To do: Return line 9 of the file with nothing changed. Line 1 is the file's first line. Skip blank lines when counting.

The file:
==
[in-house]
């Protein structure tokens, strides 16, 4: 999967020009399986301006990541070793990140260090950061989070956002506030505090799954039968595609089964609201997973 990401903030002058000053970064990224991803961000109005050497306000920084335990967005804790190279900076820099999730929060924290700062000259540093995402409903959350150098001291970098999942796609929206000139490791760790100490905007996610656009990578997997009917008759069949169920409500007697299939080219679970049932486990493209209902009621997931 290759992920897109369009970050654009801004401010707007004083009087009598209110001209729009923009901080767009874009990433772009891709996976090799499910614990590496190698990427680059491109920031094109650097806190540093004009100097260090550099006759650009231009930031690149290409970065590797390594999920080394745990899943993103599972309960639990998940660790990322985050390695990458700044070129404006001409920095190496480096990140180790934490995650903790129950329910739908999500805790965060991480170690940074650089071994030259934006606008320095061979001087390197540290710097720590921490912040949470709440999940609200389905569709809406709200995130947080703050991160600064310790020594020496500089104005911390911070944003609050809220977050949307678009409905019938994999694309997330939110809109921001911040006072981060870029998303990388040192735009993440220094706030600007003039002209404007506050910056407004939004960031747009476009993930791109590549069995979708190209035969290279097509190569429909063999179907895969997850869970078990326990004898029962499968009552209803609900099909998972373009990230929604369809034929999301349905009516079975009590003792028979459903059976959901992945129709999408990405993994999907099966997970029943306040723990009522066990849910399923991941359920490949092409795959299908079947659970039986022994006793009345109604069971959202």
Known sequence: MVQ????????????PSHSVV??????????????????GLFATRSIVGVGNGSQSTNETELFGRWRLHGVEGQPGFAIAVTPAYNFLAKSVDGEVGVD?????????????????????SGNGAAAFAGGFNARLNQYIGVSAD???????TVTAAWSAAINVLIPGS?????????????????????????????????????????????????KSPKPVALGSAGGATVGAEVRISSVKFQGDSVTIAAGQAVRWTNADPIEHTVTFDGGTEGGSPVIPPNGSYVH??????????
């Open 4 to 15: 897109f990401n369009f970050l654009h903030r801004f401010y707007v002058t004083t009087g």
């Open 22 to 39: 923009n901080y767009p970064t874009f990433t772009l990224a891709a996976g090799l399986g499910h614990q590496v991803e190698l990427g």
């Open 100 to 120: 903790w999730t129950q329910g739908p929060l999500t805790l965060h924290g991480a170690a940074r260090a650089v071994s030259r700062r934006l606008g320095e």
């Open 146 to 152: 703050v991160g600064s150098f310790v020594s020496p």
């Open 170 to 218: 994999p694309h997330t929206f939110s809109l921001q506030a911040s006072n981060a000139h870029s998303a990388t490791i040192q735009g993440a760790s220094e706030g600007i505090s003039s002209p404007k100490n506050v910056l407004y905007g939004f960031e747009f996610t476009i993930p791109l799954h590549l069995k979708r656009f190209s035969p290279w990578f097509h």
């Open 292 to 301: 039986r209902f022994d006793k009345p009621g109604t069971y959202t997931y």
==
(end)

């Open 292 to 301: 039986r209902f022994d006793k009345p009621g109604t069971y959202t997931y």